Friday, August 6, 2010

catalogs and scholarship: a bit of sentiment

OK, it must be Paul Courant day here or something like that. I was looking at his blog post about the closing and more specifically the removal of the U. Michigan card catalog, and in his discussion of responses to the removal he spoke of his own sentimental response. These are the lines that struck me:

"... I’ll always remember the card catalog as the rich, powerful and brilliant piece of scholarship that it was, and as a place that I visited in eager anticipation of learning something new. I don’t think that I was ever disappointed."

The catalog as a work of scholarship is a view one rarely hears anymore, but it is the correct view of the card catalog of a research university. Those catalogs were the heart of the heart of the university, or the soul in the machine, or whatever lovely, sentimental phrase you most prefer to use. When one was "in" the catalog following a citation or browsing an author's works or perusing a subject, one was in more or less the active mind of the library and thus one could imagine it as the mind or memory of the university or of scholarship itself.

If the catalog was a work of scholarship, then the cataloger was a scholar. And in that I think we can feel the loss that many catalogers feel when they consider the past 30 years and look ahead to the future of cataloging and libraries: their work as scholars is at an end. It is possible to see a descending arc--the catalog as scholarship to the catalog as information repository to the catalog as a database. And the arc descends for the cataloger from scholar to information manager to data assistant. This view is a sentimental one and a depressing one; it is not objectively true, but I know that it feels true to many catalogers. It is part of the sorrow of catalogers that many lament the loss of status as scholars and don't feel any warmth for the status of a data-centric programmer.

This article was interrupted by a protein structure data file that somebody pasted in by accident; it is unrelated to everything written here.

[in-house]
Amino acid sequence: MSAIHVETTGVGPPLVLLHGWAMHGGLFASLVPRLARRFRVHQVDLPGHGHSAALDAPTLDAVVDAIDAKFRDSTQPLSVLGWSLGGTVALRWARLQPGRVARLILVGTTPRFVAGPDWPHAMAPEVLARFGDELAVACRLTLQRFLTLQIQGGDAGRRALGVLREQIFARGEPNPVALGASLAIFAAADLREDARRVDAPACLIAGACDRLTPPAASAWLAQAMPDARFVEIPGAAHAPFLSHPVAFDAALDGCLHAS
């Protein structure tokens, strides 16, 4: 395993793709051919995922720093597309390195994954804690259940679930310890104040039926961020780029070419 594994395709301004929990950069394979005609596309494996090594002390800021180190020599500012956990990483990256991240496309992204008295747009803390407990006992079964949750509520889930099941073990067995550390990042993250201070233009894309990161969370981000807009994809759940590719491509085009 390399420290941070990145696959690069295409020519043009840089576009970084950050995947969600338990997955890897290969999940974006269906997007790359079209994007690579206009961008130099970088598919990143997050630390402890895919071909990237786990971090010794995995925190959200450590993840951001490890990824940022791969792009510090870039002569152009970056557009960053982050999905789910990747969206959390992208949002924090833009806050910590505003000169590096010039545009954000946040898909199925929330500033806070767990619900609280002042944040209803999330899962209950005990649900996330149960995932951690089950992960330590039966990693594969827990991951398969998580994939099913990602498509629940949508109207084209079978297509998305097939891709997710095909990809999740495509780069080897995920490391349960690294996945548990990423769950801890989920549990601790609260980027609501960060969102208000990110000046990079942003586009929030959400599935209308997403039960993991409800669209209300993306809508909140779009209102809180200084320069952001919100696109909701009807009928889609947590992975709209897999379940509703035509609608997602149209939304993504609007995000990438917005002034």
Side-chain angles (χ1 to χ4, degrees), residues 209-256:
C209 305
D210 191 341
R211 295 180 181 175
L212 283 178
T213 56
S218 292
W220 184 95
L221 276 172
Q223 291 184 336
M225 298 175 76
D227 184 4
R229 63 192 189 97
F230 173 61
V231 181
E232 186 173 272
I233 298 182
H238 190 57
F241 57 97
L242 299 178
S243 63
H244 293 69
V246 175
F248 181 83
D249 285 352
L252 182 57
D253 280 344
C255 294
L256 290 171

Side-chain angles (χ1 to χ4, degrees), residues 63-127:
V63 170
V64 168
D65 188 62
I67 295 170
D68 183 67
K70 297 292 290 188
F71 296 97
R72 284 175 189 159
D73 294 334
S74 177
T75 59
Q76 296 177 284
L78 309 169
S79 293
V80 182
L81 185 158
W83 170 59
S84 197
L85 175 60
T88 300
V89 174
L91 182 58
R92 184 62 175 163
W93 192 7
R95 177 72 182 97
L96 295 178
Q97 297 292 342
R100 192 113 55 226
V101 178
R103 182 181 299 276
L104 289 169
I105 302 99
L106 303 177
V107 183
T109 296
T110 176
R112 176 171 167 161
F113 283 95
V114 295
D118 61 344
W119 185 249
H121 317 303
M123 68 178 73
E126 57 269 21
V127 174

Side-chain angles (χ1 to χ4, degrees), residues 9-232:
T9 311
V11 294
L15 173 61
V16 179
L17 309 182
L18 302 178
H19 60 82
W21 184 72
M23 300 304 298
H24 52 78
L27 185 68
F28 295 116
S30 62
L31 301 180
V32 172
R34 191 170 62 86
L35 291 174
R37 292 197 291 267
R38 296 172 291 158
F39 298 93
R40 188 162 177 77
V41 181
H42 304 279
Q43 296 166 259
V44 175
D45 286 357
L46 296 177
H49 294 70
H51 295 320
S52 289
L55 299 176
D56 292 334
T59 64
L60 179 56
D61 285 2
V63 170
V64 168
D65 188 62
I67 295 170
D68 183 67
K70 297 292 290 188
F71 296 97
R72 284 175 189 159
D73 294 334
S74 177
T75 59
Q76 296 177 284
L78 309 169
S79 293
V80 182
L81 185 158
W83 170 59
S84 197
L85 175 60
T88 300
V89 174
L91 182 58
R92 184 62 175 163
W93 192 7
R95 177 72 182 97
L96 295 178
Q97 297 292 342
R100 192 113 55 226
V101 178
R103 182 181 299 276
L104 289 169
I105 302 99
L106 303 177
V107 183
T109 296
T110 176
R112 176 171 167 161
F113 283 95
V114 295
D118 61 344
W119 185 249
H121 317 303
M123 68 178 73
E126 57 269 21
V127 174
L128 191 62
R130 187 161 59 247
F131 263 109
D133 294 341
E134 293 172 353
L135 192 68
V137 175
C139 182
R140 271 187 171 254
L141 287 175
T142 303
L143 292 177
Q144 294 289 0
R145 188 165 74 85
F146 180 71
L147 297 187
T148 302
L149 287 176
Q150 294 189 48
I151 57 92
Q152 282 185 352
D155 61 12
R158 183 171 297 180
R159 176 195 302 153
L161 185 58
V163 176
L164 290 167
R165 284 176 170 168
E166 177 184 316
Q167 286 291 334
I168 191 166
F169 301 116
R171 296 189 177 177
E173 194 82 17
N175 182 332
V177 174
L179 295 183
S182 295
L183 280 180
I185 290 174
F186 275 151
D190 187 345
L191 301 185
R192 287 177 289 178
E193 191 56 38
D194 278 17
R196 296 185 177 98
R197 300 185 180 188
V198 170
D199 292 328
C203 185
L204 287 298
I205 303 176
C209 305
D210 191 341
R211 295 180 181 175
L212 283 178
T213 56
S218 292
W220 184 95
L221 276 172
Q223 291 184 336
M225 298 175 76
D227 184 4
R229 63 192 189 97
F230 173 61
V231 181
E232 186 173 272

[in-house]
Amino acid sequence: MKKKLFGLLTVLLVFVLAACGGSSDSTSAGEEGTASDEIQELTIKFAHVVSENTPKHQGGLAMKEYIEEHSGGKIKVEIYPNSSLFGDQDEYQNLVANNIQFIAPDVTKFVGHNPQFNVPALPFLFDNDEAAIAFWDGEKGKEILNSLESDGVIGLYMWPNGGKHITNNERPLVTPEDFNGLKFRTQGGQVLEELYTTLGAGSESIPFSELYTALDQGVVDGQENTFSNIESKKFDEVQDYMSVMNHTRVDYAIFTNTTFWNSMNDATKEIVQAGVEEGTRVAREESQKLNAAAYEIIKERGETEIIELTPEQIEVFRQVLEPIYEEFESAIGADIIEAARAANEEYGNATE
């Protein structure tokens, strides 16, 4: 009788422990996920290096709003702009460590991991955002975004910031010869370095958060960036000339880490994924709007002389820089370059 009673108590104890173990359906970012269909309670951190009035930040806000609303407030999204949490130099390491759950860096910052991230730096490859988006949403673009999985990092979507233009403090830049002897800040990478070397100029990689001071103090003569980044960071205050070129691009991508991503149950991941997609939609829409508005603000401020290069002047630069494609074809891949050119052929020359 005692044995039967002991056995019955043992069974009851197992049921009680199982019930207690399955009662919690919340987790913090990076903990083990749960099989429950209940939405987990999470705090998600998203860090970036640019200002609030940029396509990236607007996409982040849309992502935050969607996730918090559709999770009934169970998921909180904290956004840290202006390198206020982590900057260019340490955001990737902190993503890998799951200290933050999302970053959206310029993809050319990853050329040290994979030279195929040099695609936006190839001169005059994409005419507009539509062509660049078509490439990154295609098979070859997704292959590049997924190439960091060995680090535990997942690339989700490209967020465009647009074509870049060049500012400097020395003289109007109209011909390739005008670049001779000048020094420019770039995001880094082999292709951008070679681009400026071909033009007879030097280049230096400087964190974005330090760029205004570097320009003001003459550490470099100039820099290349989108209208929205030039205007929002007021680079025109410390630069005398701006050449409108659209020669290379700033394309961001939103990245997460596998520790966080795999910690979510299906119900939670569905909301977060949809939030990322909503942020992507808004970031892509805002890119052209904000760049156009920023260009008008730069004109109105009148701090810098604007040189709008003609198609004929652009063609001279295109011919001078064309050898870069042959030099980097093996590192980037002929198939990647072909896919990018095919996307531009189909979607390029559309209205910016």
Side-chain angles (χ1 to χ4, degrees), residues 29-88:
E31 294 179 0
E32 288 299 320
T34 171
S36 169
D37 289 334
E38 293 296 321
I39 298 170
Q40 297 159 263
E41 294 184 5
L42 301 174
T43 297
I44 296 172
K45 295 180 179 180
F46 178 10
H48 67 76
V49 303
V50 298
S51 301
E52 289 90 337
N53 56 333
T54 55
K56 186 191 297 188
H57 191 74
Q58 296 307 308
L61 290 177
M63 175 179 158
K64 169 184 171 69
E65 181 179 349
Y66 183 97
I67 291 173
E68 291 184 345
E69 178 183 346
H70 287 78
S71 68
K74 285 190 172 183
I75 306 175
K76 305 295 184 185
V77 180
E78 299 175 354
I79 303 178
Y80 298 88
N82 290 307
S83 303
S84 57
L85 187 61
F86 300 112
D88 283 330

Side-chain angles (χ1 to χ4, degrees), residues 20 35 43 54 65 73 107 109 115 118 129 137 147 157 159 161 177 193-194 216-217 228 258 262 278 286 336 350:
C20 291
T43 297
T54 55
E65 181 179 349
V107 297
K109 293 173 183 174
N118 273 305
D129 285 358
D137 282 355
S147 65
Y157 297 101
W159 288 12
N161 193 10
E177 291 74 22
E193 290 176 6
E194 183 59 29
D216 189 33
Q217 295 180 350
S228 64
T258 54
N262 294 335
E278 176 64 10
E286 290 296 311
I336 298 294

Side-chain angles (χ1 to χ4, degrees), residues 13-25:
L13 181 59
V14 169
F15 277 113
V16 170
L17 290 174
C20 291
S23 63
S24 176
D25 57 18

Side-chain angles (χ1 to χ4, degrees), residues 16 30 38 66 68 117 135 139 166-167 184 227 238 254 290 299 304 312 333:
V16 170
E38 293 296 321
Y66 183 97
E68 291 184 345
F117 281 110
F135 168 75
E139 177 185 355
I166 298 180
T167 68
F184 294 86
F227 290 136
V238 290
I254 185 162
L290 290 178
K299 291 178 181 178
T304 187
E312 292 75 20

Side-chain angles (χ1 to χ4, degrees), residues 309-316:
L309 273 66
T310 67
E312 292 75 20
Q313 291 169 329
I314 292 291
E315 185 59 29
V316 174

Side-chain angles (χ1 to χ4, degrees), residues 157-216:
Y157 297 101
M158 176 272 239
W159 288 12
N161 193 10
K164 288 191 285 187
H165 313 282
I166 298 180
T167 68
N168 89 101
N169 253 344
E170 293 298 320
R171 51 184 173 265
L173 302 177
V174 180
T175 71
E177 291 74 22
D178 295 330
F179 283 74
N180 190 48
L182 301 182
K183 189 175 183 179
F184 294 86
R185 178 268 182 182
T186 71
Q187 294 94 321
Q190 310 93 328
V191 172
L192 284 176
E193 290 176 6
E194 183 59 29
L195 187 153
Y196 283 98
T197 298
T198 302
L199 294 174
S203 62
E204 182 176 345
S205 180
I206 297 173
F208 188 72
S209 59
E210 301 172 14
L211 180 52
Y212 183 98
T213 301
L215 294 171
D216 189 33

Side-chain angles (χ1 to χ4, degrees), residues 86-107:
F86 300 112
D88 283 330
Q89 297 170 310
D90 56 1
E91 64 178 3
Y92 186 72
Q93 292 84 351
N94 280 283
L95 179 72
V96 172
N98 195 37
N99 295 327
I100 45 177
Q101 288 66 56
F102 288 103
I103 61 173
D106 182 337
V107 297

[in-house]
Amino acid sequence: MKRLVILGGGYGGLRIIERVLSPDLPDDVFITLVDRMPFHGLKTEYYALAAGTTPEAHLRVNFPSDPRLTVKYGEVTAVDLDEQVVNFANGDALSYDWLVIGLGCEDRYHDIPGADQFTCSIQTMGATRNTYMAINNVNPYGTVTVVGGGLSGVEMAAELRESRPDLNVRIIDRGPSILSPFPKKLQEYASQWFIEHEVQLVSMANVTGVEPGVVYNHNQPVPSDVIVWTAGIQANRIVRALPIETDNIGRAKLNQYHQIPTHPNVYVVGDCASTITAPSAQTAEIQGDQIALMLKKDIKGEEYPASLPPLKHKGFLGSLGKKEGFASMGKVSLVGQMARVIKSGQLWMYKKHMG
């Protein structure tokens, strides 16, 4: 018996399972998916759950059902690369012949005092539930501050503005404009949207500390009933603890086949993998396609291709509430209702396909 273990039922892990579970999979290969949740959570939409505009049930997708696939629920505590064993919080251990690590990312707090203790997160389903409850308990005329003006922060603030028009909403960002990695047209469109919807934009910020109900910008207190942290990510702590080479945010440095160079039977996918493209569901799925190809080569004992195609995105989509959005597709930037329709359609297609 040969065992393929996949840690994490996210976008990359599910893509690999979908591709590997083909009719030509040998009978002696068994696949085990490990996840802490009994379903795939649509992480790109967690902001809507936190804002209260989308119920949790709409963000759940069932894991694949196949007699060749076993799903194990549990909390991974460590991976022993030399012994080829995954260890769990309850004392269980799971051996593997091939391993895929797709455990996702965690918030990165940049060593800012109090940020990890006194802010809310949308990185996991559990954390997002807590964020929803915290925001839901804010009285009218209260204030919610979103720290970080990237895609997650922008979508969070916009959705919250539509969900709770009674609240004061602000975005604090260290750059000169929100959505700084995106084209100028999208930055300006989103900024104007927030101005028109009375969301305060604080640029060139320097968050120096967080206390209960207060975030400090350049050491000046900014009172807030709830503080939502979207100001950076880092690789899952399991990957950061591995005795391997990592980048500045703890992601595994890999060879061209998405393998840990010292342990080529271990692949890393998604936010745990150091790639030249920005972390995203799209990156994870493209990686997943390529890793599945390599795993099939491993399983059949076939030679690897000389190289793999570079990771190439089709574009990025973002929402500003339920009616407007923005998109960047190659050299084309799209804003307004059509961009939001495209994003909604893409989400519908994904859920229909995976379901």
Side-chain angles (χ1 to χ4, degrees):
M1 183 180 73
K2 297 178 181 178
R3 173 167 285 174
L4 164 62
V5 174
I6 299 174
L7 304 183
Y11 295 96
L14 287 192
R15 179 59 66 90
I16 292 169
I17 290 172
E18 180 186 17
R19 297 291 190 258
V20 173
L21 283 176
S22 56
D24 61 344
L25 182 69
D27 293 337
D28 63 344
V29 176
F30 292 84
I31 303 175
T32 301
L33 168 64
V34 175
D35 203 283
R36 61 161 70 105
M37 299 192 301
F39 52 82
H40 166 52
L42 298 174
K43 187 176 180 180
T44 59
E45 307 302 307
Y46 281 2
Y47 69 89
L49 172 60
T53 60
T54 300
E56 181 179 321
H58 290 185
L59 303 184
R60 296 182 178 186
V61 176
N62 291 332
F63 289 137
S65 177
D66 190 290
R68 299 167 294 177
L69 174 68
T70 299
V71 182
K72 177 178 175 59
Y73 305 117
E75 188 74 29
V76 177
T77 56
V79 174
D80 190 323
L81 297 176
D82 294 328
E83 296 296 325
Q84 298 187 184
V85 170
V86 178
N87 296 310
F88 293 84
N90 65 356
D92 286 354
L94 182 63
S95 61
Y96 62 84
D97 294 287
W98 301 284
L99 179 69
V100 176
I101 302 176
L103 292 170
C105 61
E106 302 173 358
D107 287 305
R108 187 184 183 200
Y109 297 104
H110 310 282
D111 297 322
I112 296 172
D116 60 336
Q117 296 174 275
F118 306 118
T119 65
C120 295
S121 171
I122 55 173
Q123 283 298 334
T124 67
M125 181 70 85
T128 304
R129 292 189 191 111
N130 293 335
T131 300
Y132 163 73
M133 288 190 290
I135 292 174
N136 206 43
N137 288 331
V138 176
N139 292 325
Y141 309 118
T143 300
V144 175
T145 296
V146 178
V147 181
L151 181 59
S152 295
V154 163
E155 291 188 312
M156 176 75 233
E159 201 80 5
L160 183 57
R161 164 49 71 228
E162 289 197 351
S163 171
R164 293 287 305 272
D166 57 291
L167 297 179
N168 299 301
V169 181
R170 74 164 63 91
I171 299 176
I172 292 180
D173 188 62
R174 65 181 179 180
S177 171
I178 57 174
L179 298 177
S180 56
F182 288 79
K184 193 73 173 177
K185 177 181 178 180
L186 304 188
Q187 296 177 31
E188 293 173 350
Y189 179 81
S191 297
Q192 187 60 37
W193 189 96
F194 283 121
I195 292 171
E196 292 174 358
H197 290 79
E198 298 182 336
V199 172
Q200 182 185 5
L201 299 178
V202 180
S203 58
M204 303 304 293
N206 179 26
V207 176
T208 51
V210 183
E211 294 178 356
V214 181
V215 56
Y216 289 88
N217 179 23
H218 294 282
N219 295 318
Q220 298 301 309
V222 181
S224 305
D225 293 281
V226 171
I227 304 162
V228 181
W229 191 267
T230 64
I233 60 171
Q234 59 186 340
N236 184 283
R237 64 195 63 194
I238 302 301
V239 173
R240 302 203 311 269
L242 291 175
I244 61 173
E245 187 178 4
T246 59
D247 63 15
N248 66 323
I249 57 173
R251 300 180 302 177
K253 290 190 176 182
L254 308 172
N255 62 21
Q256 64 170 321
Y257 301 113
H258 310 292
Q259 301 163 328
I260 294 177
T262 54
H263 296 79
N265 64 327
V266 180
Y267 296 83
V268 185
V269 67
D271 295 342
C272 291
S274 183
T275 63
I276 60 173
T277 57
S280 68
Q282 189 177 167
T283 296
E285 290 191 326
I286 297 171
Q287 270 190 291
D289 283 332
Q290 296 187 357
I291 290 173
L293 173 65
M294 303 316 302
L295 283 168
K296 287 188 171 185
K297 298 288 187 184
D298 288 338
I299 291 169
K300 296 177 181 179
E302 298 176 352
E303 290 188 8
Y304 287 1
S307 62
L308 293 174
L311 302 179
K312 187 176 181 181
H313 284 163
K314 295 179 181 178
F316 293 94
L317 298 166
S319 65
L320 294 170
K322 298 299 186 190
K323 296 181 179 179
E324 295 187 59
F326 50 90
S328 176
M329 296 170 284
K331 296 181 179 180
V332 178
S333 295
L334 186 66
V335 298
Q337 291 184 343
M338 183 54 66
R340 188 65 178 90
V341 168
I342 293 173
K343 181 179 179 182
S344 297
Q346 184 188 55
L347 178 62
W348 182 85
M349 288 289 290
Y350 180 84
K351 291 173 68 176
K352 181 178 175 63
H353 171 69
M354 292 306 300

Paul Courant's talk at OCLC: "Economic Perspectives on Academic Libraries,"

Paul Courant's recent talk at OCLC is now online. It is called, "Economic Perspectives on Academic Libraries," and it is worth a look and listen.

His talk and slide take about 70 minutes. There is a QA video, too. Another 15 minutes or so.

His talk is interesting just to get his perspective as a university librarian (U. Michigan) and as a former provost (also at UM) and as an economist (on faculty at UM).

Summary: A library is a complicated institution, a big nonprofit business that supports the mission of an even bigger nonprofit business. It plays essential roles in the production and distribution of scholarship, which can be understood as an industry. For over a century, a library's focus has been almost entirely on the interests of the local institution and its local value has been almost entirely dependent on it role in sharing the costs of expensive information. However, digital information technology is radically altering the value of that focus and that role. A library is profoundly affected by both the emerging role of the network and by the fact that copying and distribution (of books, articles, etc.) are now very cheap. Courant develops these themes and shares some of his thoughts on the effective and efficient functioning of academic libraries.

There is no transcript to read, but there are 17 slides to view and both and MP3 to listen to and a Webcast to watch and hear.

His blog is at and is called Au Courant.